With financial help from industrialist Arnold Beckman, and at the behest of Frederick Terman, Stanford University’s Dean of Engineering, William Shockley left Bell Labs to establish the Shockley Semiconductor Laboratory in Mountain View, California. He intended to revolutionize the electronics industry by developing the next generation of solid-state transistors. He recruited a talented crew of young engineers, including Robert Noyce and Gordon Moore, who later started Intel, and Eugene Kleiner, who went on to become one of Silicon Valley’s most successful venture capitalists.

Solid state physicists John Bardeen, William Shockley, and Walter Brattain at Bell Labs in 1948.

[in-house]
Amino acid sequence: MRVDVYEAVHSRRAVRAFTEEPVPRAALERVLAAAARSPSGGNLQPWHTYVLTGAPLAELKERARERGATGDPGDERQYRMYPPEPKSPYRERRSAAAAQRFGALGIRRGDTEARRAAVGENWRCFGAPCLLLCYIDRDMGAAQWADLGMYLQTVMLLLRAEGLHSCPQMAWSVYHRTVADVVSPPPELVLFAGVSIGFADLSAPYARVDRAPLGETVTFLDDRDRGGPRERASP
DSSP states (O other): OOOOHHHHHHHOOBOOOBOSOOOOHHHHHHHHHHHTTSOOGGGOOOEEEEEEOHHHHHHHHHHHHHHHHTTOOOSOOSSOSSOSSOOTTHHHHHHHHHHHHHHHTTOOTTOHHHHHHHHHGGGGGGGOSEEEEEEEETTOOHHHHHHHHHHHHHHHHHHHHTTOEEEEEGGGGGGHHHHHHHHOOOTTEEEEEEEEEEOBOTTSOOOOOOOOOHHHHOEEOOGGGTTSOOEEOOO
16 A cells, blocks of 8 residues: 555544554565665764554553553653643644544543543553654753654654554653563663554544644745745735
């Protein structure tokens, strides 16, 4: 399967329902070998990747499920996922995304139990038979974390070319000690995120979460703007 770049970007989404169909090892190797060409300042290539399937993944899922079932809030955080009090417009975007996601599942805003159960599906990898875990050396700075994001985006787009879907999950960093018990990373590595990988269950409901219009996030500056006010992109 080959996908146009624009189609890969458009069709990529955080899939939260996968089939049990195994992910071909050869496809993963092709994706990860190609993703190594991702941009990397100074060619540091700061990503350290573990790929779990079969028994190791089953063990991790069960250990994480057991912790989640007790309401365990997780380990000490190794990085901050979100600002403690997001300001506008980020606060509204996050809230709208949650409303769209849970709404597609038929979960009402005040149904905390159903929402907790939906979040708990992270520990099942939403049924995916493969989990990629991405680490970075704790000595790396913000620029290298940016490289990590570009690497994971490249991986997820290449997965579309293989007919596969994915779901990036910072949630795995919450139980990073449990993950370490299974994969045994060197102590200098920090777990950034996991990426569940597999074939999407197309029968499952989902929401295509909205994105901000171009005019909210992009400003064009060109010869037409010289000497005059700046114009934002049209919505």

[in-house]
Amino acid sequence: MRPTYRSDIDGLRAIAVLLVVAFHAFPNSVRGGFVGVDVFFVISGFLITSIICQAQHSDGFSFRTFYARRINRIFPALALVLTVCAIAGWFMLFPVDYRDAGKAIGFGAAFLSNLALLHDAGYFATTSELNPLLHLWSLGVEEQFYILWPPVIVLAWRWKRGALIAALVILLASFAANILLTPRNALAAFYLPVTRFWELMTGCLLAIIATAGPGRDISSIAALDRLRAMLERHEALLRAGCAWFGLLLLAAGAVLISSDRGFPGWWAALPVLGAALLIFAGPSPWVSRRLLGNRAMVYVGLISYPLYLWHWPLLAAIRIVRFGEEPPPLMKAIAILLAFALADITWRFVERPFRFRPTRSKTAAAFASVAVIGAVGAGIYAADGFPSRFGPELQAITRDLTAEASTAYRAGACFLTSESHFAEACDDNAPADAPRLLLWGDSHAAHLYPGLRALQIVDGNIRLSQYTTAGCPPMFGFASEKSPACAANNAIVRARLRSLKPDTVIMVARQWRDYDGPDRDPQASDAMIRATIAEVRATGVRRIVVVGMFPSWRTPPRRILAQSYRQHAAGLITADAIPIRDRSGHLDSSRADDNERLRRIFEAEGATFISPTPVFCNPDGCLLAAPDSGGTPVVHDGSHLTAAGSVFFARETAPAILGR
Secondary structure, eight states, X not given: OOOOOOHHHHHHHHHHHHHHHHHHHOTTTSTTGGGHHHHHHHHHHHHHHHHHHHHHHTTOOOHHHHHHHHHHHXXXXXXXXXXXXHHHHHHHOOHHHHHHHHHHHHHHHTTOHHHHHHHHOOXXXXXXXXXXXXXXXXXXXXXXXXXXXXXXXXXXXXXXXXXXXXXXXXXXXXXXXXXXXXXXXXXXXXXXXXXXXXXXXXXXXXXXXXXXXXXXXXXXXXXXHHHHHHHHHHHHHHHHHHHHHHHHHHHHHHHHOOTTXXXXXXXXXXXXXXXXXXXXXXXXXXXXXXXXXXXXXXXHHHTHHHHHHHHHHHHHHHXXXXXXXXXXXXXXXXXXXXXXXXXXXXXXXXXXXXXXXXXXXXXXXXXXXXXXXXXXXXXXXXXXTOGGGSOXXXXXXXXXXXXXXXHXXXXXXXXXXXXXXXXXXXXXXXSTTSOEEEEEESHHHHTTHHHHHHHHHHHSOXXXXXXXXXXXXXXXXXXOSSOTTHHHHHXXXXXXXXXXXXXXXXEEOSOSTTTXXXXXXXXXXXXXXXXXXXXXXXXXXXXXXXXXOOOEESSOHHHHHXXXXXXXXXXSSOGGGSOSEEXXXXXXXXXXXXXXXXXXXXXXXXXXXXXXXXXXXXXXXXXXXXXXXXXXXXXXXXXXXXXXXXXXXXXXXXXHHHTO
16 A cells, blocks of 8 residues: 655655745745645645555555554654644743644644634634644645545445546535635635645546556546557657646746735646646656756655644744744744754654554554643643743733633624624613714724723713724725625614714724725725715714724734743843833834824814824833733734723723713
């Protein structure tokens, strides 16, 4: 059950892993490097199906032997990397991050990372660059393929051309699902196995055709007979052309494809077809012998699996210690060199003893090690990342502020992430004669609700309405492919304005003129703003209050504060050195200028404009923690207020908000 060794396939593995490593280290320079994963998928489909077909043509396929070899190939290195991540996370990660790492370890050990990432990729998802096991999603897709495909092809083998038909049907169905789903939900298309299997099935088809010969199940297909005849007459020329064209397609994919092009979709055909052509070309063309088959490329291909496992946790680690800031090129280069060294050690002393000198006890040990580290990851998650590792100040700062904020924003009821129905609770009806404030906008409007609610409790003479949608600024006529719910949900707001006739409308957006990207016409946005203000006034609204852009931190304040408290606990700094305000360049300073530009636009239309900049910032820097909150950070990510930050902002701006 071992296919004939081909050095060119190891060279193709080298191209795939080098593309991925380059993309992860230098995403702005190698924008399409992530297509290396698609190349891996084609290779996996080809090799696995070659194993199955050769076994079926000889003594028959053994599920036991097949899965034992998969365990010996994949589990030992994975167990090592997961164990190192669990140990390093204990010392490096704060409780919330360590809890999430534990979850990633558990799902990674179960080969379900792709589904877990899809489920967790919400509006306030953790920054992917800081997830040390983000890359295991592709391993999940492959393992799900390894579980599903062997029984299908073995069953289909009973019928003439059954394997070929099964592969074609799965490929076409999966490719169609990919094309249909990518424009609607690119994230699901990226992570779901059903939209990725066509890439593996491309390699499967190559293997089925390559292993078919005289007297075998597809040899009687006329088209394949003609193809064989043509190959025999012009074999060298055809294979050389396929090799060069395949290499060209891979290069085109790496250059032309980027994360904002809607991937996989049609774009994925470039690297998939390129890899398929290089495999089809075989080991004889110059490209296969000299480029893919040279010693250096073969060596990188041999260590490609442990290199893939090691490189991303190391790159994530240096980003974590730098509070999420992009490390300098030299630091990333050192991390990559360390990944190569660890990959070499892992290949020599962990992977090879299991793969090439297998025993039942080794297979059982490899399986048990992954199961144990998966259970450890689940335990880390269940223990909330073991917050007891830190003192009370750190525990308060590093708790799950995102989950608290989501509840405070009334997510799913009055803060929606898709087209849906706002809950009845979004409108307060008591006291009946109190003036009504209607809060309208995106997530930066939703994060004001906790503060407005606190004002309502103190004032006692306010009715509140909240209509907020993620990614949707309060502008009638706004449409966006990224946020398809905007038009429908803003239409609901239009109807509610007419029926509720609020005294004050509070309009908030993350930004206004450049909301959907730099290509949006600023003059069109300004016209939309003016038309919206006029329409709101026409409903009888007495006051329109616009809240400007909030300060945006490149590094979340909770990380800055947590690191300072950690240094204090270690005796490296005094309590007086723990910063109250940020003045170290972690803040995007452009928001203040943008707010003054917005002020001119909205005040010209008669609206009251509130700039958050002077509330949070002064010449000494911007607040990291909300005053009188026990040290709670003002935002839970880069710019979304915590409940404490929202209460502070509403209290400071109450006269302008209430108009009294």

Solid state physicists John Bardeen, William Shockley, and Walter Brattain at Bell Labs in 1948.

Historical marker at 381 San Antonio Road in Mountain View, California, the site of the original building, which was demolished on April 3, 2015.

Historical marker at 381 San Antonio Road in Mountain View, California, the site of the original building, which was demolished on April 3, 2015.